Concerns rise over rumored price of Google Pixel 8 | ENBLE

Concerns rise over rumored price of Google Pixel 8 | ENBLE

Google Pixel 8 Series: A Potential Price Increase


Google has announced that it will be launching the Pixel 8 series phones in October, but it seems that this time, a competitive price tag may not be part of the package. European markets are bracing for a potential price increase, and whether or not the Pixel 8 duo will have a similar pricing structure in the U.S. remains to be seen. Let’s take a closer look at what we know so far.

The Price Hike


Dealabs Magazine claims to have obtained the EU-wide pricing for the Pixel 8 and its Pro variant. According to the leak, the Pixel 8 Pro will start at 799 euros in Europe, which translates to $855 based on current conversion rates. This is a significant increase of 150 euros compared to the Pixel 7 in Europe and nearly a $250 bump compared to the Pixel 7’s $599 price tag.

Even if we consider currency parity, a $799 asking price for the Pixel 8 would still be a massive $200 higher than its predecessor. The Pixel 7 was widely acclaimed for its standout design, feature-loaded vanilla Android experience, and exceptional cameras. However, it was the attractive $599 price that set it apart from competitors like the Samsung Galaxy S23 and the iPhone 14.

Is it Worth the Hike?

Despite rumored upgrades such as a refined design and a faster chip, it’s hard to justify paying a $200 or higher premium for the Pixel 8. Dealabs Magazine also claims that the 256GB storage variant of the Pixel 8 will be priced at 856 euros, which is close to what U.S. shoppers currently pay for the excellent Pixel 7 Pro. HotUKDeals supports these pricing claims as well.

“It’s a great smartphone, and although not a huge upgrade over the Pixel 6, the price makes it highly desirable, considering the camera’s ability and the quality software installed,” raved one review of the Pixel 7. Unfortunately, it seems that Google is willing to sacrifice the goodwill it has earned over the past few years. While the Pixel 7 Pro may not have received as much praise, it still offered a significant value compared to Apple and Samsung flagships.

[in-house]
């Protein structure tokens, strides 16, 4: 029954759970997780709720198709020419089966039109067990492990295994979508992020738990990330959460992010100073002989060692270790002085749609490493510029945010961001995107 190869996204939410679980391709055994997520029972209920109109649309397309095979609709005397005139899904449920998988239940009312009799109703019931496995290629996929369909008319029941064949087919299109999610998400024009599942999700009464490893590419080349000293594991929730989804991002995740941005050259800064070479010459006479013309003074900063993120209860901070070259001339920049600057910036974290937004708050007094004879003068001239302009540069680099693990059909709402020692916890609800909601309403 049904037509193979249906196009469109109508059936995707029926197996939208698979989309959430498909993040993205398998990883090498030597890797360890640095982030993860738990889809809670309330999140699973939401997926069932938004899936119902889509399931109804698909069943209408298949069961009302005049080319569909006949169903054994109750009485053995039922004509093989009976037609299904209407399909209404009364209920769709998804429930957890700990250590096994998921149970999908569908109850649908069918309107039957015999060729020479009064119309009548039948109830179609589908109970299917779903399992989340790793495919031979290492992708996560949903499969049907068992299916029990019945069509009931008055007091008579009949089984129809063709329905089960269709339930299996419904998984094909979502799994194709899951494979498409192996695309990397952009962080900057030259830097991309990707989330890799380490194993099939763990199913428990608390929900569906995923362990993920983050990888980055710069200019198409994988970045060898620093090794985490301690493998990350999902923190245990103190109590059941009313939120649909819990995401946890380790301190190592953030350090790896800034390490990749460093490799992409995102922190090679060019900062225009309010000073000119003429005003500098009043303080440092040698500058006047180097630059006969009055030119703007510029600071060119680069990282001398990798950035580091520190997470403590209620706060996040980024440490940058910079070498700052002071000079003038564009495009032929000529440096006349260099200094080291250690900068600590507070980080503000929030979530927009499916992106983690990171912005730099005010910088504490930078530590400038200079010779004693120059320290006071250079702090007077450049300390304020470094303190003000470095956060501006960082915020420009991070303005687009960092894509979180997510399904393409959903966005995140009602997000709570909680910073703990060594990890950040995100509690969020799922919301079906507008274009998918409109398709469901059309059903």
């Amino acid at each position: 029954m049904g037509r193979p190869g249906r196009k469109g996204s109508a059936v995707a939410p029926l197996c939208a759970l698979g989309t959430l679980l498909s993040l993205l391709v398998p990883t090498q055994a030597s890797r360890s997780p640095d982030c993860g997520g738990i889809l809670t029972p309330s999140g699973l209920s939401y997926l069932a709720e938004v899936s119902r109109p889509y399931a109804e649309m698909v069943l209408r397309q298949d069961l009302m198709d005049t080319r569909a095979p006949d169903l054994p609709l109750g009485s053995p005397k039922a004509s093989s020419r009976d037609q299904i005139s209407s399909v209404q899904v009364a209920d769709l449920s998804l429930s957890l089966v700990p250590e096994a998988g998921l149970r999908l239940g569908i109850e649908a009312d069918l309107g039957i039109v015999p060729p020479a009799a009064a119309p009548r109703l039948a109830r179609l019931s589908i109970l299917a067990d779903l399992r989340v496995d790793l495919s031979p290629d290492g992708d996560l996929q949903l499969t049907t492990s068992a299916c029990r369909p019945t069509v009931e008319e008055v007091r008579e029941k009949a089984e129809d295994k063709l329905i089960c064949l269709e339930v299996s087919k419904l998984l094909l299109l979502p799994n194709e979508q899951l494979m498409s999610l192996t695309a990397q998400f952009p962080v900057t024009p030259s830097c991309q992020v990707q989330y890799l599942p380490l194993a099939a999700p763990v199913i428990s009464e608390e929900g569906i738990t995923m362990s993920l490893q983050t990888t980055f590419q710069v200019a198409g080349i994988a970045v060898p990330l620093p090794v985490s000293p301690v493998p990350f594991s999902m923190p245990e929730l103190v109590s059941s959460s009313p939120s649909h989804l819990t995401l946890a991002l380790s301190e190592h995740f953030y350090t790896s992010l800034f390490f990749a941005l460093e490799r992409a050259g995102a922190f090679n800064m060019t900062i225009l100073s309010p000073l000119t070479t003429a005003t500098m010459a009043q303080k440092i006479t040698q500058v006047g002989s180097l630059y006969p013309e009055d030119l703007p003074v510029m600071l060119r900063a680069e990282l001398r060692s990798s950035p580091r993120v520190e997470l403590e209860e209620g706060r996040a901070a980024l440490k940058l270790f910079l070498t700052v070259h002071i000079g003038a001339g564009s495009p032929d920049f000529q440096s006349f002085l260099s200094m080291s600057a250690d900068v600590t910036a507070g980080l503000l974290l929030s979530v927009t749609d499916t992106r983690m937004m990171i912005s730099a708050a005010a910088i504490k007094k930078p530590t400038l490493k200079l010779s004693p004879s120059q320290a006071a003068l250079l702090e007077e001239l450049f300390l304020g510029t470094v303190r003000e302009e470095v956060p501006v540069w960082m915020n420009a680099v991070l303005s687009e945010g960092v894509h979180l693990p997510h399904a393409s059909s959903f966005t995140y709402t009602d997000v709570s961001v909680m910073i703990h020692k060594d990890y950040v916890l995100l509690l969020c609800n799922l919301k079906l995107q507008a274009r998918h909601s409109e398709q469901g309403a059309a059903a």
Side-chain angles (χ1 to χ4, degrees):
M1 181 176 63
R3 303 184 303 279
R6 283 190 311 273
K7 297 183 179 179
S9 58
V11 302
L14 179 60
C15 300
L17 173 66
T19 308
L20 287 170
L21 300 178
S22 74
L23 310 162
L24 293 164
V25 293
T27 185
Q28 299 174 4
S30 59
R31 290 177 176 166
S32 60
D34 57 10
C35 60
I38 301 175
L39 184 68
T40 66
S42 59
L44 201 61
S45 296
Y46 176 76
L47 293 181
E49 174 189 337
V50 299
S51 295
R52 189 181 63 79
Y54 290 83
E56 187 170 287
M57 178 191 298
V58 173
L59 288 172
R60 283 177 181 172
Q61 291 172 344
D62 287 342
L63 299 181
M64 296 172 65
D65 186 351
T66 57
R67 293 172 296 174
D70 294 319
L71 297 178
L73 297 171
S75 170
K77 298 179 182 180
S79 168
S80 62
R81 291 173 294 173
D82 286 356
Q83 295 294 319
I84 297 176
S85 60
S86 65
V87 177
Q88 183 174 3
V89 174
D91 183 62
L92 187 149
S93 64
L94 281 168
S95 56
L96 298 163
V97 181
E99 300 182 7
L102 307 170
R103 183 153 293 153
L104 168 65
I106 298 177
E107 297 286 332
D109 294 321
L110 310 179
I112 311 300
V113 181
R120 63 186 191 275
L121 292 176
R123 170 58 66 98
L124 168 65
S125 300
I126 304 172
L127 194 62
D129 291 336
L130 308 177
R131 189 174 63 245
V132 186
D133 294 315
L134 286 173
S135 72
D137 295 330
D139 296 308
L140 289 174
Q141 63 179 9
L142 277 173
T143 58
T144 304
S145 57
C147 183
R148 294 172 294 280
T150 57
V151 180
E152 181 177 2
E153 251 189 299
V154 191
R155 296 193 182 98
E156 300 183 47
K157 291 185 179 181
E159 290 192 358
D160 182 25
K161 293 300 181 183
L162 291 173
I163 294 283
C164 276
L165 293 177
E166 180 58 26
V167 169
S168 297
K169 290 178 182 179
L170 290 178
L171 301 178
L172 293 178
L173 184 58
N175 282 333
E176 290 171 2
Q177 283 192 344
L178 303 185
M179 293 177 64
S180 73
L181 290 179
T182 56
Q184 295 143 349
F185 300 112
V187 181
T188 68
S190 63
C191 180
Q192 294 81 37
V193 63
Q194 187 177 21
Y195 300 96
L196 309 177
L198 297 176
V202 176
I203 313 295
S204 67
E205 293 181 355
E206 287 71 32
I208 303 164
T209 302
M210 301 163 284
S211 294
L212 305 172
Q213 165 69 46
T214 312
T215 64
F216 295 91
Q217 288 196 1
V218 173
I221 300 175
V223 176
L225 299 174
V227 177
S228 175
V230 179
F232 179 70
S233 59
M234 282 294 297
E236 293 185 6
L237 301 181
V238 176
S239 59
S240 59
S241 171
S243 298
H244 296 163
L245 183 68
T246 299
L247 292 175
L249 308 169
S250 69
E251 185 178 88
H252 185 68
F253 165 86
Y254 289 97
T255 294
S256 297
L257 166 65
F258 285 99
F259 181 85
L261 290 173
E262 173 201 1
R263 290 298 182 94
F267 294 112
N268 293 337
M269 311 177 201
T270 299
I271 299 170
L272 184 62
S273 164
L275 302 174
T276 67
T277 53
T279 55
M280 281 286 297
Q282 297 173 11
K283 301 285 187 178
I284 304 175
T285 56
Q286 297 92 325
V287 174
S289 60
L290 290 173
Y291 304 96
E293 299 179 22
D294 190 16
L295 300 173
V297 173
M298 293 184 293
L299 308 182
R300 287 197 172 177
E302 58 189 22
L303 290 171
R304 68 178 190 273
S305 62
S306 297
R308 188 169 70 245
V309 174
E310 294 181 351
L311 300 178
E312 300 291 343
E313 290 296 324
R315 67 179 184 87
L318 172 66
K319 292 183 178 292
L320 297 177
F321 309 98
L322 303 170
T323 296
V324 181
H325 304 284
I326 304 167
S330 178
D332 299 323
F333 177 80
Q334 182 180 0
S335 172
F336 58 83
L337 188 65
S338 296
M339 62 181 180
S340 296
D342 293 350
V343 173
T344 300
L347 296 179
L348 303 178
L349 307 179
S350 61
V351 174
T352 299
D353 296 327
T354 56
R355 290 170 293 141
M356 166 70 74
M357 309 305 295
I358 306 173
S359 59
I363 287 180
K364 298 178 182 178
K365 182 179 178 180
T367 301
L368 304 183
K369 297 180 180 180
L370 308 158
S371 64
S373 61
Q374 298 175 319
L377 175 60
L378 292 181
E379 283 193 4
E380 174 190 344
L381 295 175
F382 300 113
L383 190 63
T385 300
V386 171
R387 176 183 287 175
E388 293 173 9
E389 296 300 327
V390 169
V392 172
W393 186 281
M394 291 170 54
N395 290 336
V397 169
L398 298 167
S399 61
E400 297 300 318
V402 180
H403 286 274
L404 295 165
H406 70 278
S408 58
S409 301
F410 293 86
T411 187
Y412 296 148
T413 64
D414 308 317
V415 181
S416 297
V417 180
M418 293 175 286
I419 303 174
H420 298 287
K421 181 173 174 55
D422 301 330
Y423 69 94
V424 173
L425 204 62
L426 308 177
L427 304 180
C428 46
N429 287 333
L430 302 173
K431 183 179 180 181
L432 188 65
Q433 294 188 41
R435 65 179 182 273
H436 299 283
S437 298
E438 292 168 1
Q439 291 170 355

The Price of the Pro


The leak also reveals that the Pixel 8 Pro’s base 128GB configuration will carry a staggering price tag of 1,099 euros, or approximately $1,180. In comparison, the Pixel 7 Pro started at 899 euros in Europe and $899 in the U.S. Furthermore, Google will reportedly charge 1,299 euros (around $1,390) for the 512GB model. These prices, even without currency conversion, make it difficult to justify the Pixel 8 Pro over the “Pro” iPhones and “Ultra” Androids offered by Apple and Samsung.

Underwhelming Upgrades


Thus far, the rumored upgrades for the Pixel 8 Pro include a better ultrawide camera, a new temperature sensor, and the third-gen Tensor G3 processor. On the other hand, the Pixel 8 does not appear to receive any significant improvements and certainly does not justify the rumored price hike.

It’s important to note that all information at this stage is based on leaks, so it should be taken with a grain of salt. However, given Google’s history of leaks and self-revelation of unreleased devices, we can expect more substantial information to emerge closer to the launch event, which may also coincide with the public release of Android 14.

A Trend Among Brands

Google raising the price of the Pixel 8 series is not entirely surprising. Apple, too, is rumored to be planning a similarly unpleasant surprise with the iPhone 15 Pro. Both companies seem to be following a trend of making phones increasingly unaffordable for the masses while offering upgrades that are not always as meaningful in real life as they appear on stage.

It’s just unfortunate that right when the Pixel lineup started to regain its shine reminiscent of the Nexus phones of yesteryears, Google seemingly decided to join the big leagues where exorbitant price tags are the norm. Nevertheless, at least Google has teased us with official renders of the Pixel 8 lineup. That’s something, right?